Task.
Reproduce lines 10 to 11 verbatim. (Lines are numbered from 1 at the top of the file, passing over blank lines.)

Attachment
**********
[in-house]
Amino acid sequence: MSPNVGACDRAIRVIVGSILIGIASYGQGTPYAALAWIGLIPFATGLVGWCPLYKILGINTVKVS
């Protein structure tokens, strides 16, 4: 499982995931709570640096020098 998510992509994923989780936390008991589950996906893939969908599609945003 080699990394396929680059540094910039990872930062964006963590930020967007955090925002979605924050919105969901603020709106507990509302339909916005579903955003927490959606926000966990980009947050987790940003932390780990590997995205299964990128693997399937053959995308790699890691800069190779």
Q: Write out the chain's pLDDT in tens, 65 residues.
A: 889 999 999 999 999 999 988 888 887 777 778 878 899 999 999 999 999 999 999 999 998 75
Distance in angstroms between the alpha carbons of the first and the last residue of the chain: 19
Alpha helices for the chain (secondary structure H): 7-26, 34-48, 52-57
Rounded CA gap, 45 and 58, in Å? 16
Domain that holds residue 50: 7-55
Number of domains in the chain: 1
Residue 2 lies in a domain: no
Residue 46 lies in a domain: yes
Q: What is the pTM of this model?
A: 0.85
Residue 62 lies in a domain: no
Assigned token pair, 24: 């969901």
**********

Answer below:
Number of domains in the chain: 1
Residue 2 lies in a domain: no